Family Starlings (Sturnidae)

Least Concern

Cape Starling (Lamprotornis nitens)


Taxonomy

French: Choucador à épaulettes rouges German: Rotschulter-Glanzstar Spanish: Estornino de El Cabo
Other common names: Cape Glossy Starling
Taxonomy:

Turdus nitens

Linnaeus

, 1766,

Angola

.

Birds from Namibia E to Zimbabwe and NE South Africa often separated as race phoenicopterus and those from E South Africa as culminator on basis of size and colour (larger and greener); geographical variation, however, appears clinal, with intergradation between adjoining populations throughout species’ range. Treated as monotypic.

Distribution:

From around mouth of R Congo in extreme W DRCongo#R#R S through W & S Angola to SW Zambia and Zimbabwe, S to Namibia, Botswana, South Africa (except S & SW Cape region and dry W interior), W lowlands of Lesotho, Swaziland and S Mozambique.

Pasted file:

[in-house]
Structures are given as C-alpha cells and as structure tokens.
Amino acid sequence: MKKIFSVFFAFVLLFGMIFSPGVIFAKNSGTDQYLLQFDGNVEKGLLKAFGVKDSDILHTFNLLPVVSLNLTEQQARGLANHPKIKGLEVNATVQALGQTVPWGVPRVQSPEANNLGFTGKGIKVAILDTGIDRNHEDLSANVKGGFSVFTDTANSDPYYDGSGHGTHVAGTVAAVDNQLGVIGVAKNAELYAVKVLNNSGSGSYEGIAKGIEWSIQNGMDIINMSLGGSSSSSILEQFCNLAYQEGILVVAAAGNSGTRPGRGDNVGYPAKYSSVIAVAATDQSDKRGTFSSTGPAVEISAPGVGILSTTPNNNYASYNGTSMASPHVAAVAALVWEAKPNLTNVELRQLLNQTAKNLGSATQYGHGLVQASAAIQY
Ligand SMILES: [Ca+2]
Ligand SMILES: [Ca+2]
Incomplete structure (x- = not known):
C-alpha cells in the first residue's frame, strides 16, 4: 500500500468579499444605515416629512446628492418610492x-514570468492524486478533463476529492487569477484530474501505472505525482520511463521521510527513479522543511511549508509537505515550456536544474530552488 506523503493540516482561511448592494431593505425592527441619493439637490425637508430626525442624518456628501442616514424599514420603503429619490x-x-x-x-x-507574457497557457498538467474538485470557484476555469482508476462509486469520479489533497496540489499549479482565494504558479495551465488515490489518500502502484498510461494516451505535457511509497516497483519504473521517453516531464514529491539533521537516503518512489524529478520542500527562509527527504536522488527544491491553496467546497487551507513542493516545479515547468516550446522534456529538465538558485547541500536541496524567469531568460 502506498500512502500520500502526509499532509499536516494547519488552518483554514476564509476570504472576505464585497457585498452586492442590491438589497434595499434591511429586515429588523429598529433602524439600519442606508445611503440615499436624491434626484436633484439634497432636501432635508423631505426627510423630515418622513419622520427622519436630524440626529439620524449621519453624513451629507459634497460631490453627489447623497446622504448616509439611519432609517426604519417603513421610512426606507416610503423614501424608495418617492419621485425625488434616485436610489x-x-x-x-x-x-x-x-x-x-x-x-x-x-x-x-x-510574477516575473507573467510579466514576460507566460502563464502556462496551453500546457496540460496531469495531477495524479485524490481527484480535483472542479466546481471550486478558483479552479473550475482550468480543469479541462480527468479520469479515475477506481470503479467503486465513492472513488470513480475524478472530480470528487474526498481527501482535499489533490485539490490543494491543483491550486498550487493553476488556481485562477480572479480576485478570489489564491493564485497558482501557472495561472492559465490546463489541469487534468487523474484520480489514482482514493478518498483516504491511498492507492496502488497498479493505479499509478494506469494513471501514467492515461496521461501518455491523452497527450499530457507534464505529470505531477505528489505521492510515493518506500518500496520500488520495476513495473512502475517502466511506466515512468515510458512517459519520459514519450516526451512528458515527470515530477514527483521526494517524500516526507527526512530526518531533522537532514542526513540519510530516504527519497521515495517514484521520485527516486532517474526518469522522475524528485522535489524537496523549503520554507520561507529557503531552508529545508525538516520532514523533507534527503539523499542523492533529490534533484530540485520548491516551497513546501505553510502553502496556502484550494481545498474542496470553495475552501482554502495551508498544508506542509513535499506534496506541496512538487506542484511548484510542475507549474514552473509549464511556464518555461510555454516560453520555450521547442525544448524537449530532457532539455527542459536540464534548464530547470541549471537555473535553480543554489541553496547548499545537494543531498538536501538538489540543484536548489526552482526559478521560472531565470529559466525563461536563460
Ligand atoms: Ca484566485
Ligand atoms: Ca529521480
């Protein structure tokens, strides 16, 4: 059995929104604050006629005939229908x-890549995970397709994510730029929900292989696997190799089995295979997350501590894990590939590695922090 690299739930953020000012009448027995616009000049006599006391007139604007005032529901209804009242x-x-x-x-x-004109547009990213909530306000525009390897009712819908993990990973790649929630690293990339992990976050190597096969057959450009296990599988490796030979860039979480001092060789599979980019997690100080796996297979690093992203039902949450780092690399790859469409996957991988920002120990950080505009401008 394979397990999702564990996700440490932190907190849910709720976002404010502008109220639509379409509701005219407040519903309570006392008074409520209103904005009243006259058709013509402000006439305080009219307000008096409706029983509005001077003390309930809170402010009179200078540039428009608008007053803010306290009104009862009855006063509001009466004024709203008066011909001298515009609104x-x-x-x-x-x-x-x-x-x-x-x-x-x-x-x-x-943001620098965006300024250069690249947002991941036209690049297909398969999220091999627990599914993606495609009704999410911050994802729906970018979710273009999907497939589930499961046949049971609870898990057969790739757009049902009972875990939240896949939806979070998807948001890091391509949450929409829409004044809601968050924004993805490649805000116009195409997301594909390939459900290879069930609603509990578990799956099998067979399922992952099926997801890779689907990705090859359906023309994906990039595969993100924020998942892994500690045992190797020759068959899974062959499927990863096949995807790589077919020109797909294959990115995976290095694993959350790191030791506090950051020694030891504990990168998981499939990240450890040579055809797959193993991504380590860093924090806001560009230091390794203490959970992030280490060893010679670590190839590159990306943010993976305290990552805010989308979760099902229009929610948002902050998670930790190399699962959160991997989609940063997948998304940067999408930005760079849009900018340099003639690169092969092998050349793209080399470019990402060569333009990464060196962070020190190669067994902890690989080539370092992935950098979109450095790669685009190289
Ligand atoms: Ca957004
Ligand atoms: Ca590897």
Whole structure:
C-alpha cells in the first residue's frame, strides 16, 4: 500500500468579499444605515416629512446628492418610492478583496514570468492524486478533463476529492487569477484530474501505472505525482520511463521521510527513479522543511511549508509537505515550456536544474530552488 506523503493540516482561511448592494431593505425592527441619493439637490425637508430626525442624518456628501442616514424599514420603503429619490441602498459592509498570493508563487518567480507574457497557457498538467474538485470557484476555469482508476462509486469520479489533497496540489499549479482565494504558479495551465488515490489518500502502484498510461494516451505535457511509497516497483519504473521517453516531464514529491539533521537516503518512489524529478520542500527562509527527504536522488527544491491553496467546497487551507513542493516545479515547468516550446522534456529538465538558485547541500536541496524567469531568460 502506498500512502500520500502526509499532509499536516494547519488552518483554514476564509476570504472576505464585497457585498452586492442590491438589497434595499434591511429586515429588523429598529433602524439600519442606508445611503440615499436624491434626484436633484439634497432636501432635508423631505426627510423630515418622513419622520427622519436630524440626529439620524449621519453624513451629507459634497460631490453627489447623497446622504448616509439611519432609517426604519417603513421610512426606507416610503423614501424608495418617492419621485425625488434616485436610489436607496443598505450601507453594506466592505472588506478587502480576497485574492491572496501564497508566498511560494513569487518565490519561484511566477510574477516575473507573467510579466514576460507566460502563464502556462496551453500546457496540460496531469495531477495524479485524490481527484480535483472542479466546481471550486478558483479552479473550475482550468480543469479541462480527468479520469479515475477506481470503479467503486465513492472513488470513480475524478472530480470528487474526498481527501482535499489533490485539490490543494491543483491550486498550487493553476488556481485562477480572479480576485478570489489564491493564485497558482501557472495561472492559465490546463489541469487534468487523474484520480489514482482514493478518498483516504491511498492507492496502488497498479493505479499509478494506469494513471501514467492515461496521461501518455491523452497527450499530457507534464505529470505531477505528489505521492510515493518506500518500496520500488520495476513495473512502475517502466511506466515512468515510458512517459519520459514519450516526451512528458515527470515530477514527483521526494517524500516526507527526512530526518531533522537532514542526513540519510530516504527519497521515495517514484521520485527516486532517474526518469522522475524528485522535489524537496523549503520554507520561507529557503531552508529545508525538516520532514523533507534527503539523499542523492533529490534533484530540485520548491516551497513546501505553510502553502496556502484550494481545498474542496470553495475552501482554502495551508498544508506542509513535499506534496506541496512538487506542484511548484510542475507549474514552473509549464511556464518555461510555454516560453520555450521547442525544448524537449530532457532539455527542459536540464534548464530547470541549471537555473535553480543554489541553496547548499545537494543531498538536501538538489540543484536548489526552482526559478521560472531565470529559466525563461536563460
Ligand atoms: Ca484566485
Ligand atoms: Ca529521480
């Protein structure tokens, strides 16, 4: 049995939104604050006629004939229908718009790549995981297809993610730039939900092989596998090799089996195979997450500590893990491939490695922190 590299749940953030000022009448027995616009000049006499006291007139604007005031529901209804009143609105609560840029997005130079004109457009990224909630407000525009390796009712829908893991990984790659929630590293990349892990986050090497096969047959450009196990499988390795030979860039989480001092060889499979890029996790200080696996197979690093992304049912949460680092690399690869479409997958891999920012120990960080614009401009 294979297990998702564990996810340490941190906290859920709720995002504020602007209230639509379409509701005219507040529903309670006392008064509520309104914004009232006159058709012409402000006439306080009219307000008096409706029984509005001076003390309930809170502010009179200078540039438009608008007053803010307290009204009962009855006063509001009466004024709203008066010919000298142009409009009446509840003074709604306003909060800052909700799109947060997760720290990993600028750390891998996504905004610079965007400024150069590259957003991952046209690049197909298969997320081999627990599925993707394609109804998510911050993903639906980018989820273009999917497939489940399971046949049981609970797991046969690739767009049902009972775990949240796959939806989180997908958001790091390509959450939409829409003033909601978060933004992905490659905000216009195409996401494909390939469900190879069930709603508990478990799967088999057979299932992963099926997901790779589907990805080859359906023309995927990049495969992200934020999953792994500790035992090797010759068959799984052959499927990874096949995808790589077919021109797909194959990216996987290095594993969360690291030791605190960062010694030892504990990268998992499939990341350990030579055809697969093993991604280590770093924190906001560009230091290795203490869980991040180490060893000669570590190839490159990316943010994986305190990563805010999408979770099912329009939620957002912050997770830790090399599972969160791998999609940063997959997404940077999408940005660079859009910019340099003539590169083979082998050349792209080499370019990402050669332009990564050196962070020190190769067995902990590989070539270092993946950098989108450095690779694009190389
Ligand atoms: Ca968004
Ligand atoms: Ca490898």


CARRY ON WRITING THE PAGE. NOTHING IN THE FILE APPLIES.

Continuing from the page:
Descriptive notes

25 cm; 75–105 g. Fairly large, short-tailed glossy starling with rather uniform appearance. Head is glossy blue, blacker on ear-coverts; upperparts blue-green with... read more

Voice

Song a sustained warbling with varied notes, and may include imitation of other bird species; sings... read more

Habitat

Savanna woodland and riverine vegetation; in arid areas restricted to taller trees along... read more

Food and feeding

Omnivorous; diet chiefly fruit and insects, but also other animal food including mammalian carrion, ticks (Acarina) and millipedes (... read more

Breeding

Breeds Sept–Feb/Mar in S Africa, and probably Feb–Mar in Angola. Monogamous. Co-operative breeder, most helpers probably... read more

Movements

Presumed resident; in one garden, ringed individuals remained on same territory for four years.

Status and conservation

Not globally threatened. Widespread and common in much of range. Population in Kruger National Park, in NE South Africa, estimated at more than 32,000 individuals, in... read more